Three and a half years later, I had to let go of Baron forever.

Unbeknownst to anyone, he’d had a brain stem tumor. Extremely slow growing, the tumors are silent until they reach the size at which they press on the spinal cord and interrupt the flow of fluid. One morning Baron became disoriented and stumbled, and by the end of the day he was unable to eat, drink or walk. The next few days were a blur of hospital stays, neurological consults, an MRI and a spinal tap. The conclusion: the tumor was inoperable, and Baron had no chance of making a meaningful recovery. Moreover, he was in agony — hungry, scared, immobile.

Hefty doses of steroids and painkillers bought us another 24 hours together, enough time to say goodbye and arrange for his usual vet, Dr. L, to come in on her day off to euthanize him. I brought him home from the hospital for one last night, where he slept with me in bed under the covers. On the way to the vet the next day we stopped at our favorite walking trail, where I helped Baron onto a sun speckled patch of flowers. We lay there for a good hour, him smiling ear to ear and me memorizing the image in my mind and the feeling in my heart.

And then we went to see Dr. L, and I held Baron in my arms and buried my tear-streaked face in his soft fur and thanked him for rescuing me while Dr. L administered the drugs that allowed him to peacefully slip away.

In the years since Baron’s passing, I’ve continued to foster and adopt Weimaraners, mostly the “senior” dogs who get left behind. Every time I walk them past the spot on the trail where I took Baron that last day, I call up the memory of him lying in the flowers with that goofy smile on his face, and I silently thank him for giving me this new life of mine.

People often ask me how I can bear to foster and adopt older dogs, knowing I’ll have to say goodbye. My answer is always the same: what they add to my heart is far greater than what I leave with them when they go.
-Maggie Miller
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Posted November 20, 2010 by julieklam in Rescue Stories

12 responses to “Rescue Story #6 – Baron

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  1. So sweet. What a kind person she is.

  2. beautiful!

  3. so sorry for your loss of Baron. . . thank you for sharing your beautiful story.

  4. Thank you for sharing this wonderful story.

  5. such a beautiful story. dogs are the secret to happiness.

  6. I have a weimaraner, who is sitting next to me at the moment, and this beautiful story just brought me to tears. Thank you.

  7. Hauntingly Beautiful – Each paw etches a place on out heart. Thanks for sharing that part of your life.

  8. I have recently adopted/rescued my second “senior” dog. I have been asked the same question, “How can you adopt them when you know you may not have much time with them?” She has answered it so eloquently….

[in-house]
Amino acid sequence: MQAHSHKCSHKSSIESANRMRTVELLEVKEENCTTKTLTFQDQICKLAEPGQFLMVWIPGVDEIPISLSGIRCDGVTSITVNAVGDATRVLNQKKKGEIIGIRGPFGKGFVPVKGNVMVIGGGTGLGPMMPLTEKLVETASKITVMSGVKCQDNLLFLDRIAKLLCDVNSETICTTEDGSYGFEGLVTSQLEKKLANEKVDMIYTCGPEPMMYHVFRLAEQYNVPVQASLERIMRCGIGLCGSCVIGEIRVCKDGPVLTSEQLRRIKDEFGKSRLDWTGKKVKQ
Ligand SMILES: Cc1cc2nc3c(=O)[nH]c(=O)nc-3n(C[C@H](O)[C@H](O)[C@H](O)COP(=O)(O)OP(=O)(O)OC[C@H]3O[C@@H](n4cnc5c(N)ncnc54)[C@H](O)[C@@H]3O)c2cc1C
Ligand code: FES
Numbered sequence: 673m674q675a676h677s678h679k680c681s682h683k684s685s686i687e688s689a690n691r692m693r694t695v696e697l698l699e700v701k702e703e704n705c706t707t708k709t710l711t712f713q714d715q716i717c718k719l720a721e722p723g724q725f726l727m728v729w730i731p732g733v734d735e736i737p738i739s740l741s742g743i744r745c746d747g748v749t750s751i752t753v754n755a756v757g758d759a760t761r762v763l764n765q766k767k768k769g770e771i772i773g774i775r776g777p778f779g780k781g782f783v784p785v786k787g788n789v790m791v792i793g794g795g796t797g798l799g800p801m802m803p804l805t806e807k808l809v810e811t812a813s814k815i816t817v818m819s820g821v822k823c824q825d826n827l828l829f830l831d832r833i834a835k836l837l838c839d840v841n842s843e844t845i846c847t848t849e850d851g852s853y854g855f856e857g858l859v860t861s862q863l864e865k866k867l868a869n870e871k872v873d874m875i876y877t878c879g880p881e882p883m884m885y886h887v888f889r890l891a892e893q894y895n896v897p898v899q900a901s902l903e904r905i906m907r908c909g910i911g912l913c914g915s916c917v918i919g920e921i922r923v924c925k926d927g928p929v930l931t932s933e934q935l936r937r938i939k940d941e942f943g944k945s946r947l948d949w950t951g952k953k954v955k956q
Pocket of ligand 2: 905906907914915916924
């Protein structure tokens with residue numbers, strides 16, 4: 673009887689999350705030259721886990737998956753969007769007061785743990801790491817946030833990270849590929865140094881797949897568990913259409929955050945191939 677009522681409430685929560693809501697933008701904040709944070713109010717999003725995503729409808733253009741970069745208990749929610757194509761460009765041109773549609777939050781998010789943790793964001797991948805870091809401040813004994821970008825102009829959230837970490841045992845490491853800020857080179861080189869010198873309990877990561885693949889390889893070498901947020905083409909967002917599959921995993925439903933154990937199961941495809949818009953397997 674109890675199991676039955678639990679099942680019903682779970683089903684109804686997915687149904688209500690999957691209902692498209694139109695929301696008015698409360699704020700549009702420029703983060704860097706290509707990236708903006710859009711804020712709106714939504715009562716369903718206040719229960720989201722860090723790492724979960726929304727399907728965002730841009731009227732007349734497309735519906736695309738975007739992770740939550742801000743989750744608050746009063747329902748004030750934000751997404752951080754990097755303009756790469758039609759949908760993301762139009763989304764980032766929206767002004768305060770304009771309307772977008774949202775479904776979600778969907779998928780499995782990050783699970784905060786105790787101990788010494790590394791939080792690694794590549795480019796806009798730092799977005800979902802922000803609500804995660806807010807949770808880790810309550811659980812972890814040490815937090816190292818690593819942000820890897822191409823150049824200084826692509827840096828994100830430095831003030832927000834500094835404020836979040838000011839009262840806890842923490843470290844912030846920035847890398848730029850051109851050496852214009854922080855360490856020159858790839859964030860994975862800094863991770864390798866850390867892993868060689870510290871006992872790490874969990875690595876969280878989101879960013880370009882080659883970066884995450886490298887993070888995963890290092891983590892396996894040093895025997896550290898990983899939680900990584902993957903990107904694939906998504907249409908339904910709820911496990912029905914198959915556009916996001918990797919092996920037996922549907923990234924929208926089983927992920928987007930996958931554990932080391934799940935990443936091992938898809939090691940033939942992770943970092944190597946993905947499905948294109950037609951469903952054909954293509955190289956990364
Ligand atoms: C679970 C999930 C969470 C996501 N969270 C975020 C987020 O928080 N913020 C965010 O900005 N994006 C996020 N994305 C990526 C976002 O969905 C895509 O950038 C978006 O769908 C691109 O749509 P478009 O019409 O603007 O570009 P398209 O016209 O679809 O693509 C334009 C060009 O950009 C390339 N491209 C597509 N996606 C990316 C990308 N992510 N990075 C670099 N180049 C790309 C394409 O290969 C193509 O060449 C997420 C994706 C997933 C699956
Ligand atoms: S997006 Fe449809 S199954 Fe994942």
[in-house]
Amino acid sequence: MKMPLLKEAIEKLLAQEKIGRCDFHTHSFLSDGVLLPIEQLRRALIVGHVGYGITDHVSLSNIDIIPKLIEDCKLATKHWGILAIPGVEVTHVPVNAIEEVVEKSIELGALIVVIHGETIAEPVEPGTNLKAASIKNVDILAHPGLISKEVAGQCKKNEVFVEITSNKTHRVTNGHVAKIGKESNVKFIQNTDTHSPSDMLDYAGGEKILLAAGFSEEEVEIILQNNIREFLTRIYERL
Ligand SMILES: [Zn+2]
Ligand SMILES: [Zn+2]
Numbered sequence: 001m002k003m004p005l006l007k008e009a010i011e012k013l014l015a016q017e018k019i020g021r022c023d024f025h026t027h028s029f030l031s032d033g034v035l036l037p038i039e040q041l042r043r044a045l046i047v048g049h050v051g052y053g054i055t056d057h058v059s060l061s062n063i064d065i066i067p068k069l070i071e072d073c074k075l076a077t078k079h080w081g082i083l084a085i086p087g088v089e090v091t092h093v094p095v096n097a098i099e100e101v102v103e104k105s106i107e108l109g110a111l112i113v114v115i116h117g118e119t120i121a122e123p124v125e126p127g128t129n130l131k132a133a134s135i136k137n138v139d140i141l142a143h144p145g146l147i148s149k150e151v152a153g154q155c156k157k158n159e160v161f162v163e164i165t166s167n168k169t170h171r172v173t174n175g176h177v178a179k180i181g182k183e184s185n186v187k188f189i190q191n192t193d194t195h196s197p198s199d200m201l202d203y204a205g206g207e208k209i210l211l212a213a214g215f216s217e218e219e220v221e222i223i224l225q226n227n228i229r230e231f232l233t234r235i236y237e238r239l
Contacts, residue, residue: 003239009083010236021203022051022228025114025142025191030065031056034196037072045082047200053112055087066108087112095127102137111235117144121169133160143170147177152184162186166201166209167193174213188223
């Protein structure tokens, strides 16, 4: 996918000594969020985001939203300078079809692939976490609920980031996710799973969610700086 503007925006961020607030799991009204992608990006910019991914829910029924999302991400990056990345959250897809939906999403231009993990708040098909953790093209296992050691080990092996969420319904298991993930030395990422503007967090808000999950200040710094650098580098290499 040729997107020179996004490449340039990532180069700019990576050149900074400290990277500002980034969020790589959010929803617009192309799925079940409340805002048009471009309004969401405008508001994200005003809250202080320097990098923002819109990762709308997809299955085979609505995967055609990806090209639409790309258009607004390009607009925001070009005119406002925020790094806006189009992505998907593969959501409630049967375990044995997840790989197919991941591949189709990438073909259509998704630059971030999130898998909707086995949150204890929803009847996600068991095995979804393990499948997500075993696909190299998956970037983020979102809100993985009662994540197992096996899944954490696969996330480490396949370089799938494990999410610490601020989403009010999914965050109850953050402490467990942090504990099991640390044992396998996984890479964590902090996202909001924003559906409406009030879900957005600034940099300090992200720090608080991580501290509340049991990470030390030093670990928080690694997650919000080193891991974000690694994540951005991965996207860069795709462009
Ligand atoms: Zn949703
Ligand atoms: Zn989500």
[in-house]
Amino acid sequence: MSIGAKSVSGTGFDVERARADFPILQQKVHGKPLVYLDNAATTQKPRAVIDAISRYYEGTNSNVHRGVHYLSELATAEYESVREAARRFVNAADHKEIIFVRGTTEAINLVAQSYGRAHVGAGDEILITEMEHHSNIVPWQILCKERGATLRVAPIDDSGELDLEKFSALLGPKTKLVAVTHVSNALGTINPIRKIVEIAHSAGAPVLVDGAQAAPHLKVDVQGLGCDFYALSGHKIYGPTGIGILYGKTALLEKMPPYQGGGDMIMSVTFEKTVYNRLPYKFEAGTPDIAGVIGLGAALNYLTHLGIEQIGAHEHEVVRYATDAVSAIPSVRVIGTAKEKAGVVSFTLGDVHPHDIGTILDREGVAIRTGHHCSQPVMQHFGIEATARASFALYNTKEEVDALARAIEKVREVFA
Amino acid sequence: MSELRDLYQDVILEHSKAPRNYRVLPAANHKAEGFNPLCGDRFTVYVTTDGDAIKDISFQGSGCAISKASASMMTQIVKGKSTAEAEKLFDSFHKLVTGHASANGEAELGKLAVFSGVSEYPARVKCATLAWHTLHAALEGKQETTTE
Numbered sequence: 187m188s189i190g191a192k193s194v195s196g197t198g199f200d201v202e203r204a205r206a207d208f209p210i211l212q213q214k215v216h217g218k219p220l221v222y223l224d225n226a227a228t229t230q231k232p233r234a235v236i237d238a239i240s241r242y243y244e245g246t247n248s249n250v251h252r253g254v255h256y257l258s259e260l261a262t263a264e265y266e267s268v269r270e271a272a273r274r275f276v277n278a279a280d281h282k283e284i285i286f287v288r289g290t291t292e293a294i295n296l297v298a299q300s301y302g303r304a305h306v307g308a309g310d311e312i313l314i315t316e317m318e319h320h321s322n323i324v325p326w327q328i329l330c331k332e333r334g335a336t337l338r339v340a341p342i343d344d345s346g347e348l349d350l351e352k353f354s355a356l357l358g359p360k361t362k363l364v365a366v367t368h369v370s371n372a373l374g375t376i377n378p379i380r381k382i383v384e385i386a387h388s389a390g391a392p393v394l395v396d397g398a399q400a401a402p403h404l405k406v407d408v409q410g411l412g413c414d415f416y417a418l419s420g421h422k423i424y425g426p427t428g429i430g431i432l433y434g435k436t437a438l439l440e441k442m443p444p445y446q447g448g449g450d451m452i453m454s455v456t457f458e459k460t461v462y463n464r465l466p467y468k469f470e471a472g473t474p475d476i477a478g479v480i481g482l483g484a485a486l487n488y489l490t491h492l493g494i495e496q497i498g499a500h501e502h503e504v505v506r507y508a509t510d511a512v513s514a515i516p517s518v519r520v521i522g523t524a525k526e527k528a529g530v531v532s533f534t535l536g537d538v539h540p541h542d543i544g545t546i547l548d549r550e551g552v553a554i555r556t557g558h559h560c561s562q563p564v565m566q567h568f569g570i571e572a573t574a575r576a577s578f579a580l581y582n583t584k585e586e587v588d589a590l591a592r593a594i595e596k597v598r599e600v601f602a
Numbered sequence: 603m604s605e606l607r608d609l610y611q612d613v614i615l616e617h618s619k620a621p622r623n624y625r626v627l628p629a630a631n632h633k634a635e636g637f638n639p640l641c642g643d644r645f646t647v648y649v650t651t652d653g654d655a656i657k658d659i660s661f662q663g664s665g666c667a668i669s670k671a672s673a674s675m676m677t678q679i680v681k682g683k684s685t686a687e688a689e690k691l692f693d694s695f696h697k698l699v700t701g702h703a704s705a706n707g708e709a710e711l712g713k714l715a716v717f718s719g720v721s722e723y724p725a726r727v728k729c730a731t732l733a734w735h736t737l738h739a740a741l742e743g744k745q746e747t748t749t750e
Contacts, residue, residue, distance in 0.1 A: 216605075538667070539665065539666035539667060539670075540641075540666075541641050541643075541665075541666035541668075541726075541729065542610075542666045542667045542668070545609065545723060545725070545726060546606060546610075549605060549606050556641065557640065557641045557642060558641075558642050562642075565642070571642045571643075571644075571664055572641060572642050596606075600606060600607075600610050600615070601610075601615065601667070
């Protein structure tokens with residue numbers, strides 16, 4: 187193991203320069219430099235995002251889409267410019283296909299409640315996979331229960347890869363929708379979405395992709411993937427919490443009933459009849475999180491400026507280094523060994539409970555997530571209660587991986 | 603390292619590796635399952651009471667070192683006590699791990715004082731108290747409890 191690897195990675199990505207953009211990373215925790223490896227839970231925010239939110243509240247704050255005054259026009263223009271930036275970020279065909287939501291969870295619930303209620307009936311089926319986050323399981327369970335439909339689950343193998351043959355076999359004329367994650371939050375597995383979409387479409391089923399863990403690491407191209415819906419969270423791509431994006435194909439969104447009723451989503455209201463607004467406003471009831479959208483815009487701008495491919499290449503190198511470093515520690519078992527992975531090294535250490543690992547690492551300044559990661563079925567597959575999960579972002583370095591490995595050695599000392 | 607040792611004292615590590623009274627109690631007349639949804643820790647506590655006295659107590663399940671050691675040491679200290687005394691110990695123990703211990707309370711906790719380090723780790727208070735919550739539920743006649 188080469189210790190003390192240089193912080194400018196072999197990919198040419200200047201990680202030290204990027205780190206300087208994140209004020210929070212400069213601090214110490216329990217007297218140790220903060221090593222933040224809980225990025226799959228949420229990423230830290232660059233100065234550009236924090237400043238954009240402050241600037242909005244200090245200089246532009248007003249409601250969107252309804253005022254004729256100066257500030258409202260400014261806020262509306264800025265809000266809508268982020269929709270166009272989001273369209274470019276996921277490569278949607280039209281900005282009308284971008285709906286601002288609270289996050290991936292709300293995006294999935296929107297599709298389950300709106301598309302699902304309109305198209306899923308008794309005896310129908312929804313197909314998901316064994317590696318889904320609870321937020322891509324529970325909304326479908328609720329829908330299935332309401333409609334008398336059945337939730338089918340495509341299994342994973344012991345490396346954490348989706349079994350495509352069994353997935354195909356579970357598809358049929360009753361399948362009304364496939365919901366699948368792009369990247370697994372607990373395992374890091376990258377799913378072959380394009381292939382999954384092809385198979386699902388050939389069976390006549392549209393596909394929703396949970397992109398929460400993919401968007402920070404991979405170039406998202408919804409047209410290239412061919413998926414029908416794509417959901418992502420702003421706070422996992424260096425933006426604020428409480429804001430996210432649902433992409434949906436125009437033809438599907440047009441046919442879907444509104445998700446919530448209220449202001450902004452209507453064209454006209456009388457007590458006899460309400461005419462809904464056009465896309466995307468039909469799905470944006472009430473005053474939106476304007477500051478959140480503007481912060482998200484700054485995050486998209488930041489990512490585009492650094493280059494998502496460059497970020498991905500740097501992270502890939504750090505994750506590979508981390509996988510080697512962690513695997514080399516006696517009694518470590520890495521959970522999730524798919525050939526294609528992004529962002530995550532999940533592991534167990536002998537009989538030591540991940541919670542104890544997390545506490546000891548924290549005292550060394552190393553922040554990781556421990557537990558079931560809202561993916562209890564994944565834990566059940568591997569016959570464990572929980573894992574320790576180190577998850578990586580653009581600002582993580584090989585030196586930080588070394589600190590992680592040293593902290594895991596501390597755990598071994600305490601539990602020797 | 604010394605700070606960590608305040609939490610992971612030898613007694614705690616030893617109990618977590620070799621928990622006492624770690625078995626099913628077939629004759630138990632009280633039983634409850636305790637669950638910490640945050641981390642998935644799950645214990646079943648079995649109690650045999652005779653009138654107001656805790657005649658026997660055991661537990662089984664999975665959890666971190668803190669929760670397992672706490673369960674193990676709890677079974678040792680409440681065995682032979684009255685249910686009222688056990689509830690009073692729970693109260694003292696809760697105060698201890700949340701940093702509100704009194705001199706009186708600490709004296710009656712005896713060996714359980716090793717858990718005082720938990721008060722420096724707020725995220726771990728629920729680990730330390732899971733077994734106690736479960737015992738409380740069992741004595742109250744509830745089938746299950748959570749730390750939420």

9. Seniors are wonderful life and love testimonies – we have treasured our senior adoptions, and will always select a senior first.
    Over time, we have adopted at ages 5, 7, 9.5, and 17, and NEVER regretted any of the adoptions (and they were a LOT easier to integrate into the household than younger adoptions!)

    I’ve always had a ready answer to the ‘you may not have them for long, so why adopt the senior?’.
    As a CVT, I can assure you-based on personal and professional experiences: a younger adoptee can be felled early in their lives by congenital issues, diseases (such as parvo) that poach the young, or by trauma (hit by car, etc.).
    There are NO GUARANTEES just because they are young.
    Point being- time with either end of the life spectrum (or in the middle!) simply is NOT guaranteed.
    In the words of Julia Cameron: Leap and the net will appear!
    You will not regret adopting a senior pet!

  10. Thank you for your beautiful story. I used to get my dogs from breeders, but my most recent guy is a rescue. The work that goes into helping them regain their confidence is paid back 1000 times with the love and appreciation they give.

  11. I’m so touched by the comments and brightened by stories of other Weimaraners and rescues. We currently have a 12 year old rescue Weim I adopted (after fostering) when she was 8, shortly before Baron died. She is amazing, and saw me through the loss.

    Last month we added a Weim puppy to the family. A puppy is infinitely more challenging — and different — from adult (and usually trained) rescue dogs!

    True, there are no guarantees as to how long a dog of any age will be with us. Every moment is a treasure.

  12. Having a weimaraner of my own, I can relate to the joys of such a breed. And having had far too many dogs for my young age, I can relate to your loss. Truly a touching story that had me at tears at the end. Best wishes to your continued good work! Have fun with the puppy!